"I recognize that most of our women are concerned that this increase in numbers in the senior ranks will be a measure that is just adding numbers," he said.It seems that Paulson believes that there are many women who deserve to be in the higher ranks but are being overlooked.
"I want to make sure that those employees and members that merit promotion get the promotion. I don't want people to think that we're moving women into the senior ranks just because we need more women."
Sounds an awful lot like what we need in tech companies and academic institutions, doesn't it?
Wednesday, December 7, 2011
Things are about to get really nutty, and I expect I won't be able to post to the blog too much in the next 6-8 weeks (though I will still try to get some content here!). So here's a quick update to keep you going.
I've been trying to get as much done for school as possible before baby arrives, but there have been a few factors making this difficult. The main thing is that baby is still in breech position, meaning its head is up instead of down where it should be. Traditionally, this has meant an automatic c-section, which is something I desperately don't want for a number of complex reasons I can't fully articulate here. Fortunately, safe, regular breech deliveries are starting to come back into fashion, and there is a chance that if baby doesn't turn in time I could still avoid the surgery.
But, of course, the best outcome of all would be to get baby to turn and not have to make the tough decision on what to do when labour hits. We've been trying a few things, from the Webster technique to various inversions. We even had an ECV yesterday, where the doctor tries to manually turn the baby from the outside. That was unsuccessful, but we are planning to try again next week and continuing doing everything we can, no matter how silly it seems.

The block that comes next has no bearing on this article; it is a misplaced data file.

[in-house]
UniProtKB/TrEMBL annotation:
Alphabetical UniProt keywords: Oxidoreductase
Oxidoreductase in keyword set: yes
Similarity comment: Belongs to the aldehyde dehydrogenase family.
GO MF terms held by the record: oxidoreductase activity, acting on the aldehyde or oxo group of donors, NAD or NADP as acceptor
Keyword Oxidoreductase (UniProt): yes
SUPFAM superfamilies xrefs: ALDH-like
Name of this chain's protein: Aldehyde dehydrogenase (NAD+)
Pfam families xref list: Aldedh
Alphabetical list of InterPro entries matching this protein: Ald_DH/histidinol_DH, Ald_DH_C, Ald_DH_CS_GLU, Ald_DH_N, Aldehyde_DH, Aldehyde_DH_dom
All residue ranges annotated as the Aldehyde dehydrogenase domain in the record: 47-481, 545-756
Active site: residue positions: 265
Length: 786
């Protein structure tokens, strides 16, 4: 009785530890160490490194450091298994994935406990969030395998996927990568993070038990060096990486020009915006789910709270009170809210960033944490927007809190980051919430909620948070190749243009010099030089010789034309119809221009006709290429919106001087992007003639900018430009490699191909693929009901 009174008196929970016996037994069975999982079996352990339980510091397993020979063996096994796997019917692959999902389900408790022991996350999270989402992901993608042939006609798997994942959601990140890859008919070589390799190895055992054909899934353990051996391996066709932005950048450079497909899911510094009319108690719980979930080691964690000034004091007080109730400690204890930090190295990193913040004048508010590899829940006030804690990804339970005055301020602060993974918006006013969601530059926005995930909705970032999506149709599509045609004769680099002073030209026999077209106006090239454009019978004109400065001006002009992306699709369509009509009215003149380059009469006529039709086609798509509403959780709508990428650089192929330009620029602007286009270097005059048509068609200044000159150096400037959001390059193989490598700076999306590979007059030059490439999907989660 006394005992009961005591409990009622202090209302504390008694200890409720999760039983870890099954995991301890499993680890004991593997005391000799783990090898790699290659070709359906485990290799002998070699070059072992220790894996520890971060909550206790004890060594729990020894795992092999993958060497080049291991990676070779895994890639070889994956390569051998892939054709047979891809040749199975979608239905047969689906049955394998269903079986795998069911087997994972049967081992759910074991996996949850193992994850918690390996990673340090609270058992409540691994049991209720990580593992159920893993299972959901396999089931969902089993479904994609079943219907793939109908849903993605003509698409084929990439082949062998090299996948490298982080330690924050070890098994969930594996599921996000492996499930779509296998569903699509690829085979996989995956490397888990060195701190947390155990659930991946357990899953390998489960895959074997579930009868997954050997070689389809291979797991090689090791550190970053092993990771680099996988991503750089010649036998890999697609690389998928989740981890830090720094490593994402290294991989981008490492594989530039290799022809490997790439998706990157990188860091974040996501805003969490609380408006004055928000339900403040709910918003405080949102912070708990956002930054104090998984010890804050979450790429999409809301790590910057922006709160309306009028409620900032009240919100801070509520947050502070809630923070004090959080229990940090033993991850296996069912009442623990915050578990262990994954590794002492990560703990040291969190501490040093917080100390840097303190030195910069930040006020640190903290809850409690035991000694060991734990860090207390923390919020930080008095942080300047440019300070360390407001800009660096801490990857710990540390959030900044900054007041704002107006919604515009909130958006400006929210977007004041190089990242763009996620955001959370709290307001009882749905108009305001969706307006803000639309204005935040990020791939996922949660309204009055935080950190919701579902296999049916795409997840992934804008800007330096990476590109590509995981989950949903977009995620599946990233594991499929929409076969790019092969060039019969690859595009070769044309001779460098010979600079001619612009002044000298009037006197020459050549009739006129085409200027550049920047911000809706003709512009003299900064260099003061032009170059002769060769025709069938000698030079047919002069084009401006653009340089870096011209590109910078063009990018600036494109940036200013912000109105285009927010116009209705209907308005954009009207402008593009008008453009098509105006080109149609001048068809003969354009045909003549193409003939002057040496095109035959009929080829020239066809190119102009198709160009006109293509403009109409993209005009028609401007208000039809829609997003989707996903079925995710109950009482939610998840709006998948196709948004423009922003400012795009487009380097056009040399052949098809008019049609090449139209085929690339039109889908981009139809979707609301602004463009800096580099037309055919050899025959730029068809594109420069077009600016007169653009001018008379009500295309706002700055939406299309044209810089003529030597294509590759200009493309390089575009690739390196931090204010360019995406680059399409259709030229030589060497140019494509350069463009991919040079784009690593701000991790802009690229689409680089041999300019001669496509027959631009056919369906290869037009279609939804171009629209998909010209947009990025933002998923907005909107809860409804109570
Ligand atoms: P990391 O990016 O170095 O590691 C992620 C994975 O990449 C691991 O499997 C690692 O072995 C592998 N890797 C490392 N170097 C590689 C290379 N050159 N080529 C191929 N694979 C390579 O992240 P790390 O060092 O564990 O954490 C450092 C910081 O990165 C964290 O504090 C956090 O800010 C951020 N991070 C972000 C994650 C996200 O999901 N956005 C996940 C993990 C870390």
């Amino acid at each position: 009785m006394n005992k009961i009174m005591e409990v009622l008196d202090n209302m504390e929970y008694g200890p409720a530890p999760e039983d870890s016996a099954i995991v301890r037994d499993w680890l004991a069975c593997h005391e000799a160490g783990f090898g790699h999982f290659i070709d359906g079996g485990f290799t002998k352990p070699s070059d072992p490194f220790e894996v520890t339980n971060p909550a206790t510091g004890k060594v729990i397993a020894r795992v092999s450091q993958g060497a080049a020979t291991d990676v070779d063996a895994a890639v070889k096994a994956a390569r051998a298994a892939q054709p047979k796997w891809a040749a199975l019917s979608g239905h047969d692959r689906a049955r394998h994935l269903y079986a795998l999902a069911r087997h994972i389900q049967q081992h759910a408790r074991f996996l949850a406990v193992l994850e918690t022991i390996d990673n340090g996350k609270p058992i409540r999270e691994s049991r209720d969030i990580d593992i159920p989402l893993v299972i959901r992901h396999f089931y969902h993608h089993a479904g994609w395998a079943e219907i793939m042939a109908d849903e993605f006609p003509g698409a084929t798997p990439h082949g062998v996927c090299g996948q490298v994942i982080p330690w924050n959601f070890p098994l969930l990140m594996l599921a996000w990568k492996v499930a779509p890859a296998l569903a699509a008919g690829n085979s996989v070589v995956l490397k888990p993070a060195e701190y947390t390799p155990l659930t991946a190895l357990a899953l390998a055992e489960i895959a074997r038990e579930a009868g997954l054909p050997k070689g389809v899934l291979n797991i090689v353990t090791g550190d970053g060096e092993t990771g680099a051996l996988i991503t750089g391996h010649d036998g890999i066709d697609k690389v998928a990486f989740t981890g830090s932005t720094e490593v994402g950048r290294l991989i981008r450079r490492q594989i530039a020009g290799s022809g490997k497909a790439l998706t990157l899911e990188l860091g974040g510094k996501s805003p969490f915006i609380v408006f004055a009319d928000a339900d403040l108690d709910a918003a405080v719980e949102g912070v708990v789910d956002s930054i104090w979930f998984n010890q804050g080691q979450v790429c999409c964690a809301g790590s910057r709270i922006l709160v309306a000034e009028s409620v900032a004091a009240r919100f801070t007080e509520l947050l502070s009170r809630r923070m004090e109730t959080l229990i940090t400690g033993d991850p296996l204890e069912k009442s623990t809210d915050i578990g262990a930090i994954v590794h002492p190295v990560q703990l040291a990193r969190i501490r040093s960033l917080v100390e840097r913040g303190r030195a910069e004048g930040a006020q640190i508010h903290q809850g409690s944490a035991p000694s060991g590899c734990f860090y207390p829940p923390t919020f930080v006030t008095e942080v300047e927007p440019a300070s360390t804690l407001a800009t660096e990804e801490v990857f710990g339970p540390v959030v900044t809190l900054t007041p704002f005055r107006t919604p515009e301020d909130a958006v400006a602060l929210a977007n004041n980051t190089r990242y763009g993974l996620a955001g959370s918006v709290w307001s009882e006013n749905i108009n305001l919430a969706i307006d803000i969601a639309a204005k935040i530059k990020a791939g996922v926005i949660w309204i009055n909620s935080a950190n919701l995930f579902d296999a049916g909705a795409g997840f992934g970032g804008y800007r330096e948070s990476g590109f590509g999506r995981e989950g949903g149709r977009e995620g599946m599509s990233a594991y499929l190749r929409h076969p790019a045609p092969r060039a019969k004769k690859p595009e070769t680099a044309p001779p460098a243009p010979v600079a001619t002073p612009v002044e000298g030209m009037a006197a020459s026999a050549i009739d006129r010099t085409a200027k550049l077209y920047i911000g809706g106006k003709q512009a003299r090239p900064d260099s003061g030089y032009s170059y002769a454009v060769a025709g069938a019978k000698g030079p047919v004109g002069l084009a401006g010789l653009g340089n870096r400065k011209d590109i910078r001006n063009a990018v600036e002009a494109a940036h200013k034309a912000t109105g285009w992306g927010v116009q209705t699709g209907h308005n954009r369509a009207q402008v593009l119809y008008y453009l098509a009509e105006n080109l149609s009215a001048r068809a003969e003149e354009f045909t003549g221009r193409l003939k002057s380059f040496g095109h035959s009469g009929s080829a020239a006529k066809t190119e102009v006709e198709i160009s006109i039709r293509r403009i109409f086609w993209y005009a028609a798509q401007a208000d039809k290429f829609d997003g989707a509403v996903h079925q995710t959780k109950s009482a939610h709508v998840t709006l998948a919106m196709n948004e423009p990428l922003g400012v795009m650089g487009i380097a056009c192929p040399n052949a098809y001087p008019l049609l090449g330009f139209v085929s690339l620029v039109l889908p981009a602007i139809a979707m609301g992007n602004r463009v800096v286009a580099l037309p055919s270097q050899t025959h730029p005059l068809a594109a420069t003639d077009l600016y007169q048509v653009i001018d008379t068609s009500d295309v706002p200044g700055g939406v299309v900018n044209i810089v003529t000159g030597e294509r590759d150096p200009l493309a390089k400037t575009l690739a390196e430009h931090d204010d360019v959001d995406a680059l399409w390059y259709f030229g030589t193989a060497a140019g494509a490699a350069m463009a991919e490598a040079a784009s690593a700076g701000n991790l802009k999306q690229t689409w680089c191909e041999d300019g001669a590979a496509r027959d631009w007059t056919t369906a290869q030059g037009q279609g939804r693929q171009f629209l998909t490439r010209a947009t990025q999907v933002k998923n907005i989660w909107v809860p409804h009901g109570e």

So that's going to be consuming my attention for the next little while. I will still try to be optimistic about getting more done for school, but there may be a point I have to just throw in the towel. I'd be disappointed, but ok with this. You can only do what you can do, right?
Friday, December 2, 2011
So often we think of the arts and science as opposites. Many who are talented in one feel hopelessly lost in the other. But the two are more related than it might seem, sometimes in the most unexpected ways...
Take last year's Dance Your PhD contest winners from the chemistry department of my own school, Carleton University. Their dance explains a technique called Systematic Evolution of Ligands by Exponential Enrichment (SELEX).
Or how about the series of videos that explain how sorting algorithms work? I've used these with great effect in my own introductory CS courses, and recall showing it during a TA workshop I attended, where some participants suddenly understood how quick sort worked as a result.
John Bohannon is the man behind the aforementioned Dance Your PhD contest. He recently gave a talk at TEDxBrussels with a modest proposal. He thinks that "bad PowerPoint presentations are a serious threat against the global economy." (A man after my own heart!) Instead of sitting around and wasting time being distracted by pretty pictures and too much data, we should use dance to explain challenging topics and issues.
I think dance is just the start. Art and science are both important and they could be connected in so many meaningful ways. Let's get our thinking and creative caps on and see what we can come up with.